They [the Daniels] they really lean on their collaborators. They have confidence [the crew]. “Here’s a crazy idea we have. What’s the best way to execute it,” or ask Jason, “What’s the best place to shoot it,” or “What’s the best option for our budget?” That has consistently been the theme. How can we achieve this with the time and money we have?

Everything Everywhere Once | Official Trailer HD | A24

All universes feel different through the use of colors. Why did you use colors to differentiate each universe? Were there other ideas in the mix?

Well, I also changed the lens between all universes. I used six or seven different types of lenses. I also changed the aspect ratios from 4:3 on CinemaScope to 1.85 to something as bad as 2:1 on Netflix. which looks exactly like 1.85. I have done such things. I had a big meeting at the beginning with myself and the production design, but also the hair, makeup and costumes. The Daniels said: “The second act is psychotic and we’re going to go through these universes and have to make bold choices so you can very easily know where you’ve been.”

Michelle Yeoh looks at her hot dog fingers in Everything Everywhere All at Once.

We started reserving colors for universes, but chose not to include some colors in certain universes. Also, I was playing the contrasts like the hot dog fingers universe, which no one catches. Everyone is distracted by the hot dog hands, but the only colors in that universe are ketchup, mustard, meat and bun. It’s just those colors.


[Laughs] The production designer had a ball. He was most excited about it [hot dog hands] universe. Yes, it was little things like that. In the mood for love it was a great reference for the Hong Kong verse where she [Evelyn] he is a movie star. In the mood for love it’s not really a green film. It’s very clean, actually. But I responded to the idea of ​​Wong Kar-wai’s work, which many like Fallen angels and Chungking Express they were very green and had a lot of flavor.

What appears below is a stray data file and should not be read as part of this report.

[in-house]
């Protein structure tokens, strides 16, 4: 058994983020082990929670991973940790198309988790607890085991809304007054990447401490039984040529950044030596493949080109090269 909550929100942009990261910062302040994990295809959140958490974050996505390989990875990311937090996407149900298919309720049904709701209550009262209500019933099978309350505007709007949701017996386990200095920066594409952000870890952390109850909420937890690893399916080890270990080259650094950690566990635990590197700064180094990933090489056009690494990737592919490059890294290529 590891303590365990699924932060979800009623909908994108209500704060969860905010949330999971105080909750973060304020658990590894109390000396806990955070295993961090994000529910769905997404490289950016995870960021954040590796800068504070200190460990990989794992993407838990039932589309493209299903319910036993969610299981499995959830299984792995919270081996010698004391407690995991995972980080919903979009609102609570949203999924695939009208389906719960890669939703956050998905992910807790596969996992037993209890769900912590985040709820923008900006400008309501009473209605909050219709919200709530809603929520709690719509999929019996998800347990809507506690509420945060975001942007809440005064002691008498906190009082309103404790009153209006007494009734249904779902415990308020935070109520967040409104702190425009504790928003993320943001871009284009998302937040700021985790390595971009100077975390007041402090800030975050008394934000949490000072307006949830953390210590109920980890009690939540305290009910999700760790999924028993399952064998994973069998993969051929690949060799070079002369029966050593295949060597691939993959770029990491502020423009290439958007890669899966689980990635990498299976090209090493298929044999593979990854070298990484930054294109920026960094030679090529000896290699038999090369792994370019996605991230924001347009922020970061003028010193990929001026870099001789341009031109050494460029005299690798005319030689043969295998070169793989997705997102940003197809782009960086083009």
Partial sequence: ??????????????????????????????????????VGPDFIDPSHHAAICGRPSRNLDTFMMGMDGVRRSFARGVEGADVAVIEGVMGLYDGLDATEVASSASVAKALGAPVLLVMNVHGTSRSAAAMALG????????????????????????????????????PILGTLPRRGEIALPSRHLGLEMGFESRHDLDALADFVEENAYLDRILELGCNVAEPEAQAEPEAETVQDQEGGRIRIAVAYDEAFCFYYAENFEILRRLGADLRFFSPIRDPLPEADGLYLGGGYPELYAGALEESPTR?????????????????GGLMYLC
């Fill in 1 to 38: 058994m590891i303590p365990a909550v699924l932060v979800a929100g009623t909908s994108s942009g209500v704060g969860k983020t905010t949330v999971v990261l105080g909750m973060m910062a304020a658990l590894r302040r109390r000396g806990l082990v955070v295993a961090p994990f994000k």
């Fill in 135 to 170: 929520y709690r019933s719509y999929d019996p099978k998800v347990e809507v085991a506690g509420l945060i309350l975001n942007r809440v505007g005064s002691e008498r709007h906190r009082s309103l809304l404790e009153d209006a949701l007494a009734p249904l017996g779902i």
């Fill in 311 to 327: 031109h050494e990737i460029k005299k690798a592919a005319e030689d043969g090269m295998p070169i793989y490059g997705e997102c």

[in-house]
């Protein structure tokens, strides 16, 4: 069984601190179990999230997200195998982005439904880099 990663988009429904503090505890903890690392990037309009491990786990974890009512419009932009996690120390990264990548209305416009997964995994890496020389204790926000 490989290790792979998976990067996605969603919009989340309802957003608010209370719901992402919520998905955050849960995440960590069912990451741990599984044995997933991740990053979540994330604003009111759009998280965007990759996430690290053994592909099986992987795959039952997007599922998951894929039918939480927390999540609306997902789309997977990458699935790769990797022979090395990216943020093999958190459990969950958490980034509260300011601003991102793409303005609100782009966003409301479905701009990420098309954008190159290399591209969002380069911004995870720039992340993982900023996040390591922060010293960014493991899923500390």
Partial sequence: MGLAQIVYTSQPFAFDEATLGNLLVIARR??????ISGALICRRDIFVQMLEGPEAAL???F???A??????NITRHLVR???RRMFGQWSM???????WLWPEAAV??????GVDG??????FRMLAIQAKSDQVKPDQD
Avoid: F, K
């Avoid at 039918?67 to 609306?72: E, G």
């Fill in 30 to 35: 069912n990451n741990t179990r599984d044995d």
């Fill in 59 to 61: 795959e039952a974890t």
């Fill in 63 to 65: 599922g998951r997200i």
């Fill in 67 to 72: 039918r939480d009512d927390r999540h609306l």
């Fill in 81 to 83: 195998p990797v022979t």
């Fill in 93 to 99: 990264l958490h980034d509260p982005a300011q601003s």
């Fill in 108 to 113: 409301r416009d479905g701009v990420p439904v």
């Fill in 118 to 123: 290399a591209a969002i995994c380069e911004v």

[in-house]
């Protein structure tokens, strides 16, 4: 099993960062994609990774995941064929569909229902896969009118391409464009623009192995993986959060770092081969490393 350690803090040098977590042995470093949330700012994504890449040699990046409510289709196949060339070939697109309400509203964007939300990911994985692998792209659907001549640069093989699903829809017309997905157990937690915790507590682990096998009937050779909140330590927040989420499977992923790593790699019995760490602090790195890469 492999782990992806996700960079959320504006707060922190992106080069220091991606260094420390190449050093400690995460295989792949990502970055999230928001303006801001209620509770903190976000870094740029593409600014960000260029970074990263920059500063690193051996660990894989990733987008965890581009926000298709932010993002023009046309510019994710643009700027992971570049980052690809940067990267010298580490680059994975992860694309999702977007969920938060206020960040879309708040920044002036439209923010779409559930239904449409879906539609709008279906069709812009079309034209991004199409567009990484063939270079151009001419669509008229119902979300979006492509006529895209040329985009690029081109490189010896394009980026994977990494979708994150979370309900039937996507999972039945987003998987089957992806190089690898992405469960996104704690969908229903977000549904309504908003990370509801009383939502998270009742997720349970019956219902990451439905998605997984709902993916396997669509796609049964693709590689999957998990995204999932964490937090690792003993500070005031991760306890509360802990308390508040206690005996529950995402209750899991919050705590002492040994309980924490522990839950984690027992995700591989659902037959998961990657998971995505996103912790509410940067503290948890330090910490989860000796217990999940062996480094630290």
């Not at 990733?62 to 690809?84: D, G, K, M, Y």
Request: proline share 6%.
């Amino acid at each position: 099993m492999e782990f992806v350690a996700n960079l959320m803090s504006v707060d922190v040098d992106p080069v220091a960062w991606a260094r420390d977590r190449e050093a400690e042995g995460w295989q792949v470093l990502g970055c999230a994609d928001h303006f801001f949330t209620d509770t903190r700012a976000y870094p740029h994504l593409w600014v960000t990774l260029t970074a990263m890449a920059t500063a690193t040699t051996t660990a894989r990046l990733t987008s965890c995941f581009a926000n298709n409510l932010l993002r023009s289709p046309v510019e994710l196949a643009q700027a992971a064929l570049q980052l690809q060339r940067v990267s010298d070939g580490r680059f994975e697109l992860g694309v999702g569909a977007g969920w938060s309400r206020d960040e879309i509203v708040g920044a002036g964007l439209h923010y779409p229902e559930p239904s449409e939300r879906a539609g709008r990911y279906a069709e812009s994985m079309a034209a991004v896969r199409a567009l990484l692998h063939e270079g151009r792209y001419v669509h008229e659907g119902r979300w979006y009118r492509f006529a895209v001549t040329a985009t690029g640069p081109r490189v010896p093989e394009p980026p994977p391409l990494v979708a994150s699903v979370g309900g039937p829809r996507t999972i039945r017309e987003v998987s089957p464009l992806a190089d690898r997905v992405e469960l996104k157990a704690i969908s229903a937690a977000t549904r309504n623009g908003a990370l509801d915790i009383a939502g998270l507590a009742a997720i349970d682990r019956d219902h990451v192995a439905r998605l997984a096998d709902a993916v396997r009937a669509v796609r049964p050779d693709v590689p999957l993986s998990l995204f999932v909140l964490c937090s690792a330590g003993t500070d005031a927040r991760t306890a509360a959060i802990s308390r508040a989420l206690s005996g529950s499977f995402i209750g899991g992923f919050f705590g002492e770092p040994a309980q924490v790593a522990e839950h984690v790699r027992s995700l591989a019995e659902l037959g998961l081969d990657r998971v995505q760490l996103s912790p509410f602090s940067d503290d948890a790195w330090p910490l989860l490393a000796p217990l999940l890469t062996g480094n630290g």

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We just started making these choices bigger and bolder. Raccacoonie is a bizarre ode to Punch-Drunk Love. You know, red, white and blue. There are very strong, visceral American colors. We just started having fun with it and then seeing what was there and making it better.

Do you have a favorite reference from a movie that you were able to sneak in?

I always have some references that I mention to Daniel as a joke, but they are still a real reference to me. For the Jobu in the White Temple universe, all of my favorite movies come from the trauma of childhood movies. Movies that hit really hard like Jurassic Park. It scared me. In the the never ending story she is a princess in this strange, frozen, white and bright castle. In the second, there’s this weird crumbling crystal palace. As a child, it always bothered me, this strange, fragile, creepy environment.

I combined this with images from Beyond the Black Rainbowwhich is this trippy and dark horror film. That was my favorite reference. I actually looked NeverEnding Story IIwhich is terrible and really cheaply made and completely destroyed my memories of it. It doesn’t look nearly as good as my memories and it looks very cheap.

I actually think they changed one of the actors’ races, quite bizarre. Many of the references are based on memories of these films, as opposed to actually pulling the frames and referencing them themselves. This is where I left. A kind of gut-wrenching, if you will.

The fight scenes are very intricately choreographed. Logistically, it must be difficult to film. How did you figure out where to put the cameras for the fight scenes?